Despite graphically describing all the ways we could die in the pursuit of a cheap, three minute thrill, Olga said we should worry less about those and more about the most dangerous part of skydiving: landing.

It's not the fall that kills you, it really is the oh-so-sudden stop.

Diana and I had opted to spend the previous night in Kyiv, staying with an American friend named Peter. We had invited him to go skydiving with us, only to have him say that he wasn't interested. After we returned, he explained: "Yeah, everyone I know has hurt something when they landed."

"And why didn't you tell me this before?"

"I didn't want to worry you."

Next to the airplane door were three plywood platforms built at different heights, the lowest about three feet off the ground and the highest at about seven. We spent the next hour jumping off of them. Falling came naturally to me, but others freaked out with mid-air yelps, landing with their feet apart or not tucking their arms as they rolled. Olga kept sending them back up onto the platform, an nfinite conveyor belt of frightened, flailing lemmings.

We were well into our fourth hour of instruction, and the landing wasn't even the end of it. We even had to learn how to pack up the parachutes after we reached the ground, correctly wrapping the cords so that they wouldn't tangle and rolling up the parachute in such a way that it could easily be repacked later.

Not doing so would earn a fine.

Finally, when I was sure we were about to learn how to start raising silkworms and
weaving parachute cloth, Olga told us to go to the airfield.


I was the second in line to jump.

Inside the sheet metal airplane, deafened by the engines, sitting packed five to a side on two narrow benches, we waited. Our parachutes were clipped into wires overhead. The jumpmaster had pulled the pin that activated each of our altimeters. Below us, the world was rectangles of brown and green.

An opened door. A blast of cold.

It became real.

The jumpmaster nodded at the man ahead of me, who we'll call Sergei. Sergei stood up, stood at the door, looked out at forever. I blinked. He was gone.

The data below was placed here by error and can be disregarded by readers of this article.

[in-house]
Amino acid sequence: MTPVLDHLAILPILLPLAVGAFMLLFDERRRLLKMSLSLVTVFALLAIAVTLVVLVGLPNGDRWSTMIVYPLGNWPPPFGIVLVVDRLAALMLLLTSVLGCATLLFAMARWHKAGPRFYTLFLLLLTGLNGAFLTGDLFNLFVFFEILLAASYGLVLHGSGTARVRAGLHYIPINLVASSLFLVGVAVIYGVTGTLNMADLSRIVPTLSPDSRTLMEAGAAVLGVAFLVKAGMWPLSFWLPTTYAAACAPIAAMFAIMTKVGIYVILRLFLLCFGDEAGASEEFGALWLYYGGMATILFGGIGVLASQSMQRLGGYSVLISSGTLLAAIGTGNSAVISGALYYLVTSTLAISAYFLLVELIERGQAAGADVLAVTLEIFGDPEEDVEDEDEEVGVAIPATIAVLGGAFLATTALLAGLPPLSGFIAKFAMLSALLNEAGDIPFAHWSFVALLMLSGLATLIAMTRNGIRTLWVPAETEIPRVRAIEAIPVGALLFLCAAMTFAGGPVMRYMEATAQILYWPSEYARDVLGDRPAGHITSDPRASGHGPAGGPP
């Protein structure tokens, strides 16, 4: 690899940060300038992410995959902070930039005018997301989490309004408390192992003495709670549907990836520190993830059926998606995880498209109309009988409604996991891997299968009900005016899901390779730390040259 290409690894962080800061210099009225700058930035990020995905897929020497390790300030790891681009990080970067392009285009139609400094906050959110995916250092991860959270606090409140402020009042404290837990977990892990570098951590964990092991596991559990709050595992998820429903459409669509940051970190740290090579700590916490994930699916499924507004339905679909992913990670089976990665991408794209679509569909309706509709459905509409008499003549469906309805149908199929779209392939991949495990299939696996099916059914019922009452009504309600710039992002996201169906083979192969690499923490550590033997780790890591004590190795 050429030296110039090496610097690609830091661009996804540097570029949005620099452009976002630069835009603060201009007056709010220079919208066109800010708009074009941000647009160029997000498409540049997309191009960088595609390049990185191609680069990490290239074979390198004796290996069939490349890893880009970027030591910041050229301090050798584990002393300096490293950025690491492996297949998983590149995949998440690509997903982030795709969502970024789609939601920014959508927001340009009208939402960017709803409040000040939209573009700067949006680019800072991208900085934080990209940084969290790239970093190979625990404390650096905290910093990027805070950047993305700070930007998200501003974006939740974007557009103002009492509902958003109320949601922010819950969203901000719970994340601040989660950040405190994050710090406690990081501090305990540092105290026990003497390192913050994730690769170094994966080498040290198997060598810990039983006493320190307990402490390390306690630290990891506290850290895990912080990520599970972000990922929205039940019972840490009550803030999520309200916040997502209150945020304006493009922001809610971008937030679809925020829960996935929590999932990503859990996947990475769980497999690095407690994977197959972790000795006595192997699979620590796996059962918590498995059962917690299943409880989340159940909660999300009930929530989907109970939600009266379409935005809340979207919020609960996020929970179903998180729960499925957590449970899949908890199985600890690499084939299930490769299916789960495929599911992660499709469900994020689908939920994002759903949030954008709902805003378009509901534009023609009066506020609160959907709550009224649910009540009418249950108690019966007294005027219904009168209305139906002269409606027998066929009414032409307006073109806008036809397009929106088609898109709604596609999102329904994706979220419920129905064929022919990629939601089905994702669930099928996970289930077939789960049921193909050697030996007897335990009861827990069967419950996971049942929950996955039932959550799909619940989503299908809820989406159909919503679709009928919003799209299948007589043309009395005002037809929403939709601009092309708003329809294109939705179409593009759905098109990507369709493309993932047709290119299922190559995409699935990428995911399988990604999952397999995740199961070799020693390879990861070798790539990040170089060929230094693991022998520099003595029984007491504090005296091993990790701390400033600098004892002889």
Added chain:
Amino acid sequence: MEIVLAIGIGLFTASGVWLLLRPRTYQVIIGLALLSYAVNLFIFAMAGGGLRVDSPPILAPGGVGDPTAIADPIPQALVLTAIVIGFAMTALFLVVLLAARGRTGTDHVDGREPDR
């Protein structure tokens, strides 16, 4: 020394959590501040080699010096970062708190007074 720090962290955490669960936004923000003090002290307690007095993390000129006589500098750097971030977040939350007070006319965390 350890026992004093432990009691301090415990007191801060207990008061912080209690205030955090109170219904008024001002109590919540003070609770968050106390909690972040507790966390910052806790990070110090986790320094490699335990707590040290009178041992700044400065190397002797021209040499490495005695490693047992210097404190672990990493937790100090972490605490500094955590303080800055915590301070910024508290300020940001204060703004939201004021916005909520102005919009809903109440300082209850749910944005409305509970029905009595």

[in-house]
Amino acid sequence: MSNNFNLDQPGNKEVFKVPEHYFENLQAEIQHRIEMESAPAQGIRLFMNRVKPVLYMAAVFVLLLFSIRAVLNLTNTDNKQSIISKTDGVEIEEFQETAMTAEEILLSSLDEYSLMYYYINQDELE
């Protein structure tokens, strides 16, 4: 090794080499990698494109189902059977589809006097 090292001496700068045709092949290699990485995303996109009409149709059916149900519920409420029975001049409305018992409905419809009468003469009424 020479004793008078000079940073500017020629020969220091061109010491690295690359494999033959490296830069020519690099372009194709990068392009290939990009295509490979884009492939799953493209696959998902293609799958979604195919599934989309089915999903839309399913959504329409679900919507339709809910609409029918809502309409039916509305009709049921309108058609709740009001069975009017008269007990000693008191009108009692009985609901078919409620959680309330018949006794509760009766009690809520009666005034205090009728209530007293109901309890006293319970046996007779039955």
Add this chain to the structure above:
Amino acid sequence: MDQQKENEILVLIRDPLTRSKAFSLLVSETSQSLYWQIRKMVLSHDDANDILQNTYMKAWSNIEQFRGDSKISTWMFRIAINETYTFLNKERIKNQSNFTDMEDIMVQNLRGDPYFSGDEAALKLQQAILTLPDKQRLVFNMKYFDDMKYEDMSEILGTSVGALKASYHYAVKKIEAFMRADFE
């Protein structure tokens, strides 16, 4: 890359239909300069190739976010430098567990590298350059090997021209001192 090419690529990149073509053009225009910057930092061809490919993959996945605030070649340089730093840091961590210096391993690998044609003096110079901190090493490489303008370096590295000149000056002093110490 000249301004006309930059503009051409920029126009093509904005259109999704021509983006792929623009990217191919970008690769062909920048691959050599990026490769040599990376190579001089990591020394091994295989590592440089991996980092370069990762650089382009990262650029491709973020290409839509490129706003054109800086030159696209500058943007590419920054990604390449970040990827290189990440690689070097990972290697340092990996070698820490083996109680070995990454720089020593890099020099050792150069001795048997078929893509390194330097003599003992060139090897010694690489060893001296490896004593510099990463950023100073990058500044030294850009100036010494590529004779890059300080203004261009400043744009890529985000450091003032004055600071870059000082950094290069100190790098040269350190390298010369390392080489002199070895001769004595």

Trying not to hesitate, I stood and moved to the door, feeling off balance with the wind and vibration, put my left foot on the threshold as I'd been taught, crossed my arms--left over right--as I'd been taught, and there was the world, so very far below.

The jumpmaster put his hand on my back.

"Pashol!" he yelled.

I jumped.


Maybe he was used to people not jumping. Maybe he thought I needed a push.

His push had spun me.

I was terrified. Deafened in a frigid fury of wind and turbines, I was twisting, rotating, falling backwards. My psyche was screaming. My feet were flailing. I had no control. I waited, prayed, for my parachute to open, but it didn't.

It's not the fall that...

I whipped around and everything ended.

I looked up. My parachute was open, but the cords were twisted around one another. Not good. Do I pull the back up? Do I risk the fine? I started slowly spinning, the cords unwinding themselves.

Then the world made sense again.

There was peace, and there was more. An undefined feeling, somewhat the antithesis of fear. I was slowly drifting, bathed in beauty, seeing what birds see. I was floating backwards from the plane, watching eight other parachutes make a line of cotton drops against the sky. I looked up and saw the control handles, pulled the left one, felt myself turn in that direction.

Am I okay? Yes, I'm okay.

I reached down and tugged the string.

It was calming up there, gorgeous, quiet. There was much thoughtless awe before I remembered that I was supposed to be controlling my descent.

I wasn't sure where to land, noticed that Sergei and I were drifting in a different direction than the other eight. I tried to guess where I was supposed to touch down, but what once seemed like a massive drop zone was hard to find in the patches of color below. I just knew that I wasn't headed towards water or trees or buildings or a wheat field and that was good enough.

I pulled out my camera and took a couple pictures of the other parachutes and a few of myself. I did it quickly, wanting to have the pictures but also not wanting to waste time on them, wanting instead to openly appreciate, rawly experience, ego-lessly breathe.

I gave myself that for a few seconds, and then a few more seconds, and then a few seconds more before sighing. Using the controls, I followed Sergei towards the ground. The world approached slowly as I tucked my legs into a sitting position, feet together and flat. I was falling so gently that I imagined it would be like drifting onto pillows.

Crunch. Ow.

I rolled, landing on my side, hearing angry protest from my ankles.

I gingerly stood up and walked backwards to get out from under the falling silk.

I was supposed to pack up and wait, but everything that had built up inside of me, the fear and the joy and the worry and the awe, it wanted out. I threw back my head, spread my arms and howled.

Nearby, Sergei answered my call with the same.



In the end, Diana almost hit a tree. Others nearly landed on cows. One skydiver was so excited about the view that he forgot to disengage his back up, floating down under both parachutes. His girlfriend landed in a wheat field.

Both paid their fines.

Diana and I caught a cab and a bus and a subway.

I smiled all day.